There have been two hard-to-believe story lines this free agency.
First, the DeAndre Jordan change of heart that made the Clippers contenders and left Dallas in the mud.
Second, the saga of the Sacramento Kings. There’s friction between coach George Karl and star DeMarcus Cousins. There’s an unpredictable owner. There’s an inexperienced GM in Vlade Divac who has upgraded the talent on the roster but made a baffling trade. Then they inject Rajon Rondo right into that mix.
“I will be honest with you, I think it’s not pretty right now,” Divac said of the two. “I’m focused on bringing a better team this year, and I think I did a pretty good job in this free agency, and now I will be focused on the two of them. I think they should think about how they can do the best for this team, and I hope everything goes well.”
“A lot of rumors around the country talking about ‘he’s not going to play for coach’, ‘coach wants to trade him’; it’s not going to happen,” said Divac. “If somebody is going to make a decision, I’m going to make the decision. So I want to keep them both here for now. DeMarcus is definitely our guy that we want to build a team around.”
This is obviously no shocker, but it is a little surprising to see Divac address it so directly publicly.
Count this as yetanotherexample of Divac denying he’ll trade Cousins, which makes sense. Cousins is an elite player, the best thing the Kings have going. He should take priority.
But what about Karl? He’s a good coach, but if he can’t get along with Cousins well enough, he can’t effectively coach Sacramento.
The first priority is and should be trying to get Cousins and Karl on the same page. I don’t think their relationship is necessarily doomed, and neither does Divac.
If that doesn’t work, though, it’s clear who will be the one to go.
Report: Sacramento has “very strong” interest in Josh Smith
On a team that wants to play up-tempo for George Karl and has DeMarcus Cousins, Willie Cauley-Stein and Kosta Koufos up front, plus Rajon Rondo as the point guard, you would think the goal with the cap space the Kings have left would be to add shooters.
Or, Josh Smith.
Smith, a career 28 percent shooter from three who improved all the way up to a barely passable 33 percent with the Rockets last year, is high on Kings wish list, reports Jason Jones of the Sacramento Bee.
With players able to sign contracts the Kings have a "very strong" interest in free agent forward Josh Smith
The Kings do have some floor spacing shooters in Ben McLemore, Rudy Gay and Marco Belinelli, but they could use more. Opposing teams would be more than happy to let Smith fire away from the midrange or three (he hit 38 percent from three in the playoffs, but opposing teams are not going to believe that is the new normal yet).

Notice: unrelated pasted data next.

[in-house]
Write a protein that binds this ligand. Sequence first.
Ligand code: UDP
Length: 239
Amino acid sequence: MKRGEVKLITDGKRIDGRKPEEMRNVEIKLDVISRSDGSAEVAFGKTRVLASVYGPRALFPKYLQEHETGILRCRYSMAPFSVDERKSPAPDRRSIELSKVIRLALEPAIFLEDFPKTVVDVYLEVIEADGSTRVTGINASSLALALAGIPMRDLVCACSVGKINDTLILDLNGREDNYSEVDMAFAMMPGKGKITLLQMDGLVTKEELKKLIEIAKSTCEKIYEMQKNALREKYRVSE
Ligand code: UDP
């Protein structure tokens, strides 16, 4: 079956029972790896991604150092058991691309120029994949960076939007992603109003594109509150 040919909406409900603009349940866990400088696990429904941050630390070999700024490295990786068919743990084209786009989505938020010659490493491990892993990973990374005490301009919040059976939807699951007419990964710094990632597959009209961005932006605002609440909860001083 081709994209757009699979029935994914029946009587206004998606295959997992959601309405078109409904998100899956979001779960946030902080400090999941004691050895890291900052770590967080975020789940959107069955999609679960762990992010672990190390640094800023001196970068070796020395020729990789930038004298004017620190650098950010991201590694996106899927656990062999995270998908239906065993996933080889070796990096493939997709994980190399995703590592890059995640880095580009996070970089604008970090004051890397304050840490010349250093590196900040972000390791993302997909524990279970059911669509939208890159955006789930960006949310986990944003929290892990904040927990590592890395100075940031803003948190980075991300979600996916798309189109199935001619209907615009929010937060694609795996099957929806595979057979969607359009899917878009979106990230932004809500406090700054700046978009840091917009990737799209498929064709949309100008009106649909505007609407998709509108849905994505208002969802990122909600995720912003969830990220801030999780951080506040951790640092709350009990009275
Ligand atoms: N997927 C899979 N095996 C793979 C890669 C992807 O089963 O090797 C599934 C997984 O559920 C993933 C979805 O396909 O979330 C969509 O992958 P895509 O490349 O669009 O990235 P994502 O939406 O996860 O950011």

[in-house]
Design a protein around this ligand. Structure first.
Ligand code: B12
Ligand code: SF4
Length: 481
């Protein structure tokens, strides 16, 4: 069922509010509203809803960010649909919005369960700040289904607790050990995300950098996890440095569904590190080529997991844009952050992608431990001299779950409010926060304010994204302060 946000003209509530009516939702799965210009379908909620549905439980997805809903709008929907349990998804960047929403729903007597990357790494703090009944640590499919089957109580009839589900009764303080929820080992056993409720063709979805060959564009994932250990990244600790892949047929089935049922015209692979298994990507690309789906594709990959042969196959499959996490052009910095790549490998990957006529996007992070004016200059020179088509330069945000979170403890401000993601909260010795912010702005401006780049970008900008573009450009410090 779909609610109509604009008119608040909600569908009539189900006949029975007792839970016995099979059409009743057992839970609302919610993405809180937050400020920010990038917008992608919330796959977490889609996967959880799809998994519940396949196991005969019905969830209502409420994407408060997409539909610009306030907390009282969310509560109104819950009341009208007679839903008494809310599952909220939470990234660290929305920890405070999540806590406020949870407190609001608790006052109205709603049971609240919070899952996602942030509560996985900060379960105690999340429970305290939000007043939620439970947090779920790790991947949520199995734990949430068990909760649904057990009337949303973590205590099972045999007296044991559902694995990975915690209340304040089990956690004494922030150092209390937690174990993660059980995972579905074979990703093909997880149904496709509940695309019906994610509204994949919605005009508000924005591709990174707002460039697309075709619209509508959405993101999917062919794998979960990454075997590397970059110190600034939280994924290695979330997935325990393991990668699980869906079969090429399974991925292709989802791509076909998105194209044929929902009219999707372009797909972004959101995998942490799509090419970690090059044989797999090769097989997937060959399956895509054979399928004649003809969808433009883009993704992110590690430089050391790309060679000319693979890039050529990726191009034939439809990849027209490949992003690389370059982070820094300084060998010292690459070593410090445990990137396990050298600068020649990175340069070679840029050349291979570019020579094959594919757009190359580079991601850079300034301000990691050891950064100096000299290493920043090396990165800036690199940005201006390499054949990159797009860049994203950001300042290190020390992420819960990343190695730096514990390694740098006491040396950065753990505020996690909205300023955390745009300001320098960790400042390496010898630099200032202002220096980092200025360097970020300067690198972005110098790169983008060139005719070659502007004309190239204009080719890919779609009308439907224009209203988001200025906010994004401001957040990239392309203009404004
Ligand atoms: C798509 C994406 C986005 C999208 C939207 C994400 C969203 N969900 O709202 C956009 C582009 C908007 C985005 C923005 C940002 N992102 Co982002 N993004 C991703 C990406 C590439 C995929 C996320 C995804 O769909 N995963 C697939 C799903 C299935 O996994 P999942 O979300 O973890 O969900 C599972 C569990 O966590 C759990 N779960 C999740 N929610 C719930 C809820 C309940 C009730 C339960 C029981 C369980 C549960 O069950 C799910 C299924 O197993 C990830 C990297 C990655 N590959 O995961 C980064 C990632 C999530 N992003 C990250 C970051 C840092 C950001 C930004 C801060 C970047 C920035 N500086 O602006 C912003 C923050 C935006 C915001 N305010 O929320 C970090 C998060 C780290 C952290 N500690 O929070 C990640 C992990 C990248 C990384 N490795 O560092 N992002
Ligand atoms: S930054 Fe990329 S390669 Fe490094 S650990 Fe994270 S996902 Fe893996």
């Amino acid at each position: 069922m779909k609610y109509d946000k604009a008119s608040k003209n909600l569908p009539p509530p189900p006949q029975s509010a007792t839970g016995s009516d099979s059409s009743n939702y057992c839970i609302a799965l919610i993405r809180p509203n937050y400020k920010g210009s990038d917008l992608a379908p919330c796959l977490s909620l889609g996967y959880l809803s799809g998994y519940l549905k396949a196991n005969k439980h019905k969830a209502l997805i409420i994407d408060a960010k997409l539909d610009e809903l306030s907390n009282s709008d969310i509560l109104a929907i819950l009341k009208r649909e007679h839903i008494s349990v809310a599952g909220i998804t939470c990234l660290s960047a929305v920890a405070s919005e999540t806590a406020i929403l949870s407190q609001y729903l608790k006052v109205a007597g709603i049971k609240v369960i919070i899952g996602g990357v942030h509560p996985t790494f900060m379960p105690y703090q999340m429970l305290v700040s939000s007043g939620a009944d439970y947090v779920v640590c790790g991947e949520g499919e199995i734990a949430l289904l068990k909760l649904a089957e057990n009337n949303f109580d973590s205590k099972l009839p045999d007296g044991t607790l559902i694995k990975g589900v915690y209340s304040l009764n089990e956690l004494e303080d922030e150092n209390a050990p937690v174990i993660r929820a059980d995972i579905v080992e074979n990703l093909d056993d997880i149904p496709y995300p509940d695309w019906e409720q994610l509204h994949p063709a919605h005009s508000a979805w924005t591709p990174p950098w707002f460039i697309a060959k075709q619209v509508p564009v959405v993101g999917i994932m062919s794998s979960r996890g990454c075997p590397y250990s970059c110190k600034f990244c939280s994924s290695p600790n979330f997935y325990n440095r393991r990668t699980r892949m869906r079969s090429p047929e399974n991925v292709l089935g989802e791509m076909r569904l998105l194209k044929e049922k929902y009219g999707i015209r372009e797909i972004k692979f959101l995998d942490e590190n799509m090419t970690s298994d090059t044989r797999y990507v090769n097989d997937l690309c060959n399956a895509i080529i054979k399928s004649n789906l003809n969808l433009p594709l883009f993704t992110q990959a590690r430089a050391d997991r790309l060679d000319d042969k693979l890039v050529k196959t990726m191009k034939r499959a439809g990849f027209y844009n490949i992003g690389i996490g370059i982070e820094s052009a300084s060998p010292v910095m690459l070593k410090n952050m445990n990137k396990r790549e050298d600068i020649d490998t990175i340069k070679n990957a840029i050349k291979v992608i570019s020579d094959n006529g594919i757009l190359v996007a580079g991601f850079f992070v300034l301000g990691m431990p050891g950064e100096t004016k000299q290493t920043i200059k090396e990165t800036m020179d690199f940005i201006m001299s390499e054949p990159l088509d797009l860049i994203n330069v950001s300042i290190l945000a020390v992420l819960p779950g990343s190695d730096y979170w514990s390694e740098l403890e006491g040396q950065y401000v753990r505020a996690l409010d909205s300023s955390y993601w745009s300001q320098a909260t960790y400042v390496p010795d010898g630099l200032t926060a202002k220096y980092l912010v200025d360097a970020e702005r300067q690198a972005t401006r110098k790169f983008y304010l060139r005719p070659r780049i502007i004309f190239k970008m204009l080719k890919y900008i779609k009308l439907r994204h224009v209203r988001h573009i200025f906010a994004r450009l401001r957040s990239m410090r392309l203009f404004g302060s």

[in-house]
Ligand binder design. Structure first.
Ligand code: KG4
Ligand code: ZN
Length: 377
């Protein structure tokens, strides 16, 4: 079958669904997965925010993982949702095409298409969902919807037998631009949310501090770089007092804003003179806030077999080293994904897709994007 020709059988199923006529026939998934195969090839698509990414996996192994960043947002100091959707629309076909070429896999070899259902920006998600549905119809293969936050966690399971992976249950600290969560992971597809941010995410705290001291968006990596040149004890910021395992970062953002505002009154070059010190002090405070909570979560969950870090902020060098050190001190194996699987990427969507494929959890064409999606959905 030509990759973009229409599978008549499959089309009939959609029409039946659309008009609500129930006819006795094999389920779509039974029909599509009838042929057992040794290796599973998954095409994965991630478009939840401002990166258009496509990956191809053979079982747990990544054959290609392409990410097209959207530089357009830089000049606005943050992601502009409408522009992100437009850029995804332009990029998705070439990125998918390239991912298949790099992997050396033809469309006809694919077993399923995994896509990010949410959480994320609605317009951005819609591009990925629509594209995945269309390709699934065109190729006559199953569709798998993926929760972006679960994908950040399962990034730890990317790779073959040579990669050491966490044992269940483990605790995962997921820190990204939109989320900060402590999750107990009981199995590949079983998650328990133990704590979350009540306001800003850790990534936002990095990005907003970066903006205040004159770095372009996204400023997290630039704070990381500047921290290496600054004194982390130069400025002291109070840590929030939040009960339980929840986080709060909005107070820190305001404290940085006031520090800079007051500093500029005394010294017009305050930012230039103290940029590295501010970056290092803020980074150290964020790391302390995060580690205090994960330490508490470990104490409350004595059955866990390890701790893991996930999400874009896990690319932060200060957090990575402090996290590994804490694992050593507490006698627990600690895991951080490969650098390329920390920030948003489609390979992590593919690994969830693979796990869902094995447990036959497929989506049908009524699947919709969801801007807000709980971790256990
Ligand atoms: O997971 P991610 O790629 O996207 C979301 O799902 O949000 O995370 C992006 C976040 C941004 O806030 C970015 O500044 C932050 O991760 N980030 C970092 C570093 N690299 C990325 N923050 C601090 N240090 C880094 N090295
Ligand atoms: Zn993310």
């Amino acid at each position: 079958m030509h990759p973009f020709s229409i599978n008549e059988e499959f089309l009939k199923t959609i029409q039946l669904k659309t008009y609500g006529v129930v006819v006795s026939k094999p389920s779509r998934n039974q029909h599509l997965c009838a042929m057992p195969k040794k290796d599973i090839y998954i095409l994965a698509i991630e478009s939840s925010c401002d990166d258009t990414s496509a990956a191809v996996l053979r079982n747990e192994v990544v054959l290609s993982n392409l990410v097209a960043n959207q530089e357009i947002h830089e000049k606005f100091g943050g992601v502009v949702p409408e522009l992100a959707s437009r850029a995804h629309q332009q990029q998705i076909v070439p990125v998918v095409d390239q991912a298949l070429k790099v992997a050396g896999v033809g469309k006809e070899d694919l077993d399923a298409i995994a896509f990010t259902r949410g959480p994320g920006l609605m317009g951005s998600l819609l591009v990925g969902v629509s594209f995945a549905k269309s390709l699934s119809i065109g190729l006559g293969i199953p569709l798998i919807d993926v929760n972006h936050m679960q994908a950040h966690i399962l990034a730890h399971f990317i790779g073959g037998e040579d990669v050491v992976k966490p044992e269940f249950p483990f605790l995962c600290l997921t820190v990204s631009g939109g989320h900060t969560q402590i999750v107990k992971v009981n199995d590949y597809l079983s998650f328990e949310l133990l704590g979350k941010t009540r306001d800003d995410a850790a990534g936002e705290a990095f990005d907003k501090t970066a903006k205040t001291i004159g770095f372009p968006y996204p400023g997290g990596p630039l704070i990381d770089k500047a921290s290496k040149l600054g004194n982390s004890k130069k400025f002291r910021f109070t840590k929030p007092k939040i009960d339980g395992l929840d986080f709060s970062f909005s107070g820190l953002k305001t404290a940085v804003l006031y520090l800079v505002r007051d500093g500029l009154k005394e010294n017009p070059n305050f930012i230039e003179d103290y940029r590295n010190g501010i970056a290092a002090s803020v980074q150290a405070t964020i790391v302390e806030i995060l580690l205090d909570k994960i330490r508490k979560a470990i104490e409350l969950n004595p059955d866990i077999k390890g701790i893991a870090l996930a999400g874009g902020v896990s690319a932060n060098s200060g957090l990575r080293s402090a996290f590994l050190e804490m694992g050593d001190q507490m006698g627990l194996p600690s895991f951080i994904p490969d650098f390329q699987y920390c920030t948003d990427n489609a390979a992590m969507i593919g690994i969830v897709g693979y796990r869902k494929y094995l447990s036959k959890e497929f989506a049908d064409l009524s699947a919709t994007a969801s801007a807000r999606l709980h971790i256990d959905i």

Another question: In a locker room where there are already chemistry questions — Cousins and Karl having tension (something even GM Vlade Divac admitted Thursday), plus the injection of Rondo into the mix after his Dallas experience — is the strong personality of Josh Smith the right fit?
That said, Smith can still get points, get rebounds and defend at a quality level. He would bring some real depth and versatility to the Kings front line. With a lot of free agents off the board, the Kings may not have a better option.
But it comes with risks.
DeAndre Jordan fiasco finally gives Mavericks a reason to start over
Just a few days ago, fresh off his biggest free-agent score in years, Mark Cuban told a Dallas-area radio station that this summer was do-or-die for the current era of Mavericks contention. They were either going to land a star free agent — as they had just done, luring DeAndre Jordan away from the Clippers — or blow it up and start over, something Cuban has been vocal about his aversion to in the past.
“If we got shut out, we weren’t going to just try to fill the roster,” Cuban said (via The Sporting News). “We had the discussion that if we couldn’t get a serious free agent, whether it was one of the guys still out there or some of the guys who already went, then it was time to take a step back.”
Yeah, so, about that.
In the most bizarre sequence of events the NBA has seen since the vetoed Chris Paul/Lakers trade in 2011, the Clippers emerged victorious from the wreckage of the Great Emoji War. Jordan is staying in Los Angeles, and the Mavs are left hanging like Jordan trying to get a high five from CP3, with a ton of cap space and nobody left to spend it on. In the short term, for a news cycle or two, it’s a disaster. But if this is the catalyst for Cuban and the Mavericks to finally embrace a full-on rebuild, it could be a blessing in disguise.